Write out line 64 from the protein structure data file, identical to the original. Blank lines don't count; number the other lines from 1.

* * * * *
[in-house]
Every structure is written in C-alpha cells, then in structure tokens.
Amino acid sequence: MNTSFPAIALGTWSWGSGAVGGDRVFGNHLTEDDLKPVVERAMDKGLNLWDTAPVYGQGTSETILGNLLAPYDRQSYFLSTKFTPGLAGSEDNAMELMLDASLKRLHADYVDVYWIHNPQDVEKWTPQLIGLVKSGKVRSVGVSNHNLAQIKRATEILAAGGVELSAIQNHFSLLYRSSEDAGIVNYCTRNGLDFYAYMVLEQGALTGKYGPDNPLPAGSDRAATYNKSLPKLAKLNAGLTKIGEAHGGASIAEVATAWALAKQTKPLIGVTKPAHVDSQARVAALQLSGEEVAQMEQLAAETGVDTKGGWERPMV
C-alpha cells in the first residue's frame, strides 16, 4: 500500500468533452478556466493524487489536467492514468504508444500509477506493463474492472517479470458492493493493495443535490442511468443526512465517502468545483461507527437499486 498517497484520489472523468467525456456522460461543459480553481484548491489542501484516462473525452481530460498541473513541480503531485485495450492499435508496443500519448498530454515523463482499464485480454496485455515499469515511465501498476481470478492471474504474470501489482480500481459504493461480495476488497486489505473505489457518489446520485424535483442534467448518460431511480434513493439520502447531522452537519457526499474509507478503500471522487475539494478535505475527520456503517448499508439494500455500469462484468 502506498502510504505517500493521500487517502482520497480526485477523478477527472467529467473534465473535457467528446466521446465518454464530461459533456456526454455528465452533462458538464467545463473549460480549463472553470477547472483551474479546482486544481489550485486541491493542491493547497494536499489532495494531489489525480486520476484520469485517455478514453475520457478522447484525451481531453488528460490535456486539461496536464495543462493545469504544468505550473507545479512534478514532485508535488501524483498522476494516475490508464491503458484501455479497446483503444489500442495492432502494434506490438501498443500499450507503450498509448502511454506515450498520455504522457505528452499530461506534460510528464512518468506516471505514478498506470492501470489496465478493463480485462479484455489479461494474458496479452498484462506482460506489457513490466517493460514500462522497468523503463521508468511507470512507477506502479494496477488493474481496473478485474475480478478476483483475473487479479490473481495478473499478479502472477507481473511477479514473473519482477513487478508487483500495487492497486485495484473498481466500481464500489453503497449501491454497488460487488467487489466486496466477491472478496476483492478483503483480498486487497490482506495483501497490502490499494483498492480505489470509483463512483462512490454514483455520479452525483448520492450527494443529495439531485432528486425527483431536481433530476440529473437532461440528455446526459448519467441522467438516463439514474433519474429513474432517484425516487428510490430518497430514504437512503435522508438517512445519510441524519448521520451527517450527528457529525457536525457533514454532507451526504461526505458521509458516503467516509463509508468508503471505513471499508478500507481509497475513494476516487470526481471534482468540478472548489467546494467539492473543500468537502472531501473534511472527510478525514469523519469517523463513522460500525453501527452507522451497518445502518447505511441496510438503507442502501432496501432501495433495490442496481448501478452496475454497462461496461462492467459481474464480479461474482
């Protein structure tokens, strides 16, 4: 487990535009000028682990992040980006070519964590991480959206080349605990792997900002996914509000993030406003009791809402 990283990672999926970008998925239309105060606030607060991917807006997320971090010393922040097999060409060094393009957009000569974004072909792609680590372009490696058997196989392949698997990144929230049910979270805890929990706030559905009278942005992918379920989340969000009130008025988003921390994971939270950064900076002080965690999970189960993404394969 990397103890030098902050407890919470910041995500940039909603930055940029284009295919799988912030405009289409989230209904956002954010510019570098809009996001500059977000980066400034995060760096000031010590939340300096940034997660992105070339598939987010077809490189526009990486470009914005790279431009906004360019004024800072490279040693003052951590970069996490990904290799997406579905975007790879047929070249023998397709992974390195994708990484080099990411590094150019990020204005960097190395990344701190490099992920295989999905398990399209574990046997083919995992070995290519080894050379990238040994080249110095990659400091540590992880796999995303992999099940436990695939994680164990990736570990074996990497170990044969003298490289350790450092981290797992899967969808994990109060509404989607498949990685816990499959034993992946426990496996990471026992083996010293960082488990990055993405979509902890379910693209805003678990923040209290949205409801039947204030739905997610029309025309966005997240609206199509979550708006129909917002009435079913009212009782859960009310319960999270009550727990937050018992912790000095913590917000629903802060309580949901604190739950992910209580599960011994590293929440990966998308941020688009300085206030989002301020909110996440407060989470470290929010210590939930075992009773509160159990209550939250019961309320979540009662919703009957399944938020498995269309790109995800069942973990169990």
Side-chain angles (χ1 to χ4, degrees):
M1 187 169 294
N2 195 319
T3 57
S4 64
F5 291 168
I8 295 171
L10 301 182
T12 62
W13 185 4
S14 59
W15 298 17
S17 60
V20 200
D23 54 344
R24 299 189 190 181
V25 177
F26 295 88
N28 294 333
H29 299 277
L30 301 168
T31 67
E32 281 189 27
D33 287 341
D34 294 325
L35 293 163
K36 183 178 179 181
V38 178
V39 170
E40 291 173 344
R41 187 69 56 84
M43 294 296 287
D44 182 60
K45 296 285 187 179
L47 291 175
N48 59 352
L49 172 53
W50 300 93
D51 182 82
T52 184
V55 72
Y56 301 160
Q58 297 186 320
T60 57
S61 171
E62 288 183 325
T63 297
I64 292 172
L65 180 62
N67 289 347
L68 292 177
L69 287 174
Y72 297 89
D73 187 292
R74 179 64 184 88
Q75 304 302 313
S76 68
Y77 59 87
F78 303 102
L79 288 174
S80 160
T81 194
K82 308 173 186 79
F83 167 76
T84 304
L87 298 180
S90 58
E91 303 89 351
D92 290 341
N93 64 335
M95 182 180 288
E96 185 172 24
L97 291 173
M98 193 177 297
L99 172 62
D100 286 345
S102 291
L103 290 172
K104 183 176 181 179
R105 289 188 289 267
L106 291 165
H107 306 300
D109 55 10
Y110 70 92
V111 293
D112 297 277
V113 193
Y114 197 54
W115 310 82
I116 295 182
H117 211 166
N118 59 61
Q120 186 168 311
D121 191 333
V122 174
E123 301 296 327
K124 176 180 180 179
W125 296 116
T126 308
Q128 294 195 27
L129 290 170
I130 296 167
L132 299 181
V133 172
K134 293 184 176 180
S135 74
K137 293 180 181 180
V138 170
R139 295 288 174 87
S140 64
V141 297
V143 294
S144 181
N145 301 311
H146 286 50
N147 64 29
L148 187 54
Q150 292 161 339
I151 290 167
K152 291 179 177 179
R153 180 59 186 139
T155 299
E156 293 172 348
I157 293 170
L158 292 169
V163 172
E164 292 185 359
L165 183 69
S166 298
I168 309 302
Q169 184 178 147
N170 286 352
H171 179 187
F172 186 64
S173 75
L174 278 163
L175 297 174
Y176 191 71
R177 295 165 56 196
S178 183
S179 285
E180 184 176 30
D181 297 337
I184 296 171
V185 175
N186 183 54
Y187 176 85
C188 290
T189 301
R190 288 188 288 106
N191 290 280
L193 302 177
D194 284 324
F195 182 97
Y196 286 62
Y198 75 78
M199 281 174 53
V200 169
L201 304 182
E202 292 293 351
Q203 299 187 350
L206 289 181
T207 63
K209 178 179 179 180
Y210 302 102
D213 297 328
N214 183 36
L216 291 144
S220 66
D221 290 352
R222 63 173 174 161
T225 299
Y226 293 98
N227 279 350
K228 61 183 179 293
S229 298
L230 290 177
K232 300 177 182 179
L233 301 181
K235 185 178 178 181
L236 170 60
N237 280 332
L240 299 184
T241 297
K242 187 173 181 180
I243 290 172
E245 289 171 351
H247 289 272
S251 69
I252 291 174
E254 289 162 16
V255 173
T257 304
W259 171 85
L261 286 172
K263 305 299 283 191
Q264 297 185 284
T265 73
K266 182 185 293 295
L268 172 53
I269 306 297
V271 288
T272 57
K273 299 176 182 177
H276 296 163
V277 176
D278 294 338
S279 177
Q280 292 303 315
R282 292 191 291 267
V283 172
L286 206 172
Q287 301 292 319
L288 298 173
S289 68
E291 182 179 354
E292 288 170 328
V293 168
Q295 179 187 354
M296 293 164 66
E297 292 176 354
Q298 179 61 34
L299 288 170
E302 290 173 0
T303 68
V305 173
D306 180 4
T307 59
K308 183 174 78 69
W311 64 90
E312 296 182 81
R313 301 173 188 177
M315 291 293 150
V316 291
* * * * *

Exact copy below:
F78 303 102